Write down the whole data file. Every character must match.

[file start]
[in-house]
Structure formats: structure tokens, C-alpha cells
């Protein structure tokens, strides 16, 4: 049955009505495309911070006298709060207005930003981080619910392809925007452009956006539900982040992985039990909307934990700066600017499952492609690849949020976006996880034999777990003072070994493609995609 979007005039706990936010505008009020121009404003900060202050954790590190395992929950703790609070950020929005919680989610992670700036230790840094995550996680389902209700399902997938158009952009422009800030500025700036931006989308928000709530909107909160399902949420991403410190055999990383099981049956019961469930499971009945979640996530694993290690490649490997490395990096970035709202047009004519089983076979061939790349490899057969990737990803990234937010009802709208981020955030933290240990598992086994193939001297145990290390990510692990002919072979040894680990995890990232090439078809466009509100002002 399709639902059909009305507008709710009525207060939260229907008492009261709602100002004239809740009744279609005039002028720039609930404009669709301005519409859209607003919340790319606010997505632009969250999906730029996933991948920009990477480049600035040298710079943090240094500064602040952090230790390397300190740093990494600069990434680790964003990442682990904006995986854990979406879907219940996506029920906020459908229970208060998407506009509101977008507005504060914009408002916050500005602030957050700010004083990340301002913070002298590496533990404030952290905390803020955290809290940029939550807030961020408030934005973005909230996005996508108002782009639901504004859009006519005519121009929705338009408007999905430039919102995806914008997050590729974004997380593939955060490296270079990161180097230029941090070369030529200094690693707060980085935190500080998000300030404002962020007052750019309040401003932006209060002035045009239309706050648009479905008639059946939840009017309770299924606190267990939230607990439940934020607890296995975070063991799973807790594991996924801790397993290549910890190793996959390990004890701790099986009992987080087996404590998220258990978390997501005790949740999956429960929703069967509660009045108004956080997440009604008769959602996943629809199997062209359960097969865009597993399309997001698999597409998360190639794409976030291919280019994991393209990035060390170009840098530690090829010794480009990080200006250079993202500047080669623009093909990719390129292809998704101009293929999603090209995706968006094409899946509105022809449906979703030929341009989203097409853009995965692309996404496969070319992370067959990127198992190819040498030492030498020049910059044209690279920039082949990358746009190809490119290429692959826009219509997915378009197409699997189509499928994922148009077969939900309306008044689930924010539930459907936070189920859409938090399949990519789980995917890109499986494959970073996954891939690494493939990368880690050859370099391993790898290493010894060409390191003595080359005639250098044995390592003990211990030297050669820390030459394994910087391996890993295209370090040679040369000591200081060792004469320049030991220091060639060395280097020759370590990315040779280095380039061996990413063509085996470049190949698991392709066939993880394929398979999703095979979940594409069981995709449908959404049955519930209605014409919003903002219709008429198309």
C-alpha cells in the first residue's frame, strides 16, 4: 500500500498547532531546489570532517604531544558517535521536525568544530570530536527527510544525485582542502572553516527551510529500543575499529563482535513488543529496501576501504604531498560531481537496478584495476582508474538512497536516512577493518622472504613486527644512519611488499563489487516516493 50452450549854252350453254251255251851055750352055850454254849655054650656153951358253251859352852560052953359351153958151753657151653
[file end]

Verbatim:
[in-house]
Structure formats: structure tokens, C-alpha cells
């Protein structure tokens, strides 16, 4: 049955009505495309911070006298709060207005930003981080619910392809925007452009956006539900982040992985039990909307934990700066600017499952492609690849949020976006996880034999777990003072070994493609995609 979007005039706990936010505008009020121009404003900060202050954790590190395992929950703790609070950020929005919680989610992670700036230790840094995550996680389902209700399902997938158009952009422009800030500025700036931006989308928000709530909107909160399902949420991403410190055999990383099981049956019961469930499971009945979640996530694993290690490649490997490395990096970035709202047009004519089983076979061939790349490899057969990737990803990234937010009802709208981020955030933290240990598992086994193939001297145990290390990510692990002919072979040894680990995890990232090439078809466009509100002002 399709639902059909009305507008709710009525207060939260229907008492009261709602100002004239809740009744279609005039002028720039609930404009669709301005519409859209607003919340790319606010997505632009969250999906730029996933991948920009990477480049600035040298710079943090240094500064602040952090230790390397300190740093990494600069990434680790964003990442682990904006995986854990979406879907219940996506029920906020459908229970208060998407506009509101977008507005504060914009408002916050500005602030957050700010004083990340301002913070002298590496533990404030952290905390803020955290809290940029939550807030961020408030934005973005909230996005996508108002782009639901504004859009006519005519121009929705338009408007999905430039919102995806914008997050590729974004997380593939955060490296270079990161180097230029941090070369030529200094690693707060980085935190500080998000300030404002962020007052750019309040401003932006209060002035045009239309706050648009479905008639059946939840009017309770299924606190267990939230607990439940934020607890296995975070063991799973807790594991996924801790397993290549910890190793996959390990004890701790099986009992987080087996404590998220258990978390997501005790949740999956429960929703069967509660009045108004956080997440009604008769959602996943629809199997062209359960097969865009597993399309997001698999597409998360190639794409976030291919280019994991393209990035060390170009840098530690090829010794480009990080200006250079993202500047080669623009093909990719390129292809998704101009293929999603090209995706968006094409899946509105022809449906979703030929341009989203097409853009995965692309996404496969070319992370067959990127198992190819040498030492030498020049910059044209690279920039082949990358746009190809490119290429692959826009219509997915378009197409699997189509499928994922148009077969939900309306008044689930924010539930459907936070189920859409938090399949990519789980995917890109499986494959970073996954891939690494493939990368880690050859370099391993790898290493010894060409390191003595080359005639250098044995390592003990211990030297050669820390030459394994910087391996890993295209370090040679040369000591200081060792004469320049030991220091060639060395280097020759370590990315040779280095380039061996990413063509085996470049190949698991392709066939993880394929398979999703095979979940594409069981995709449908959404049955519930209605014409919003903002219709008429198309």
C-alpha cells in the first residue's frame, strides 16, 4: 500500500498547532531546489570532517604531544558517535521536525568544530570530536527527510544525485582542502572553516527551510529500543575499529563482535513488543529496501576501504604531498560531481537496478584495476582508474538512497536516512577493518622472504613486527644512519611488499563489487516516493 50452450549854252350453254251255251851055750352055850454254849655054650656153951358253251859352852560052953359351153958151753657151653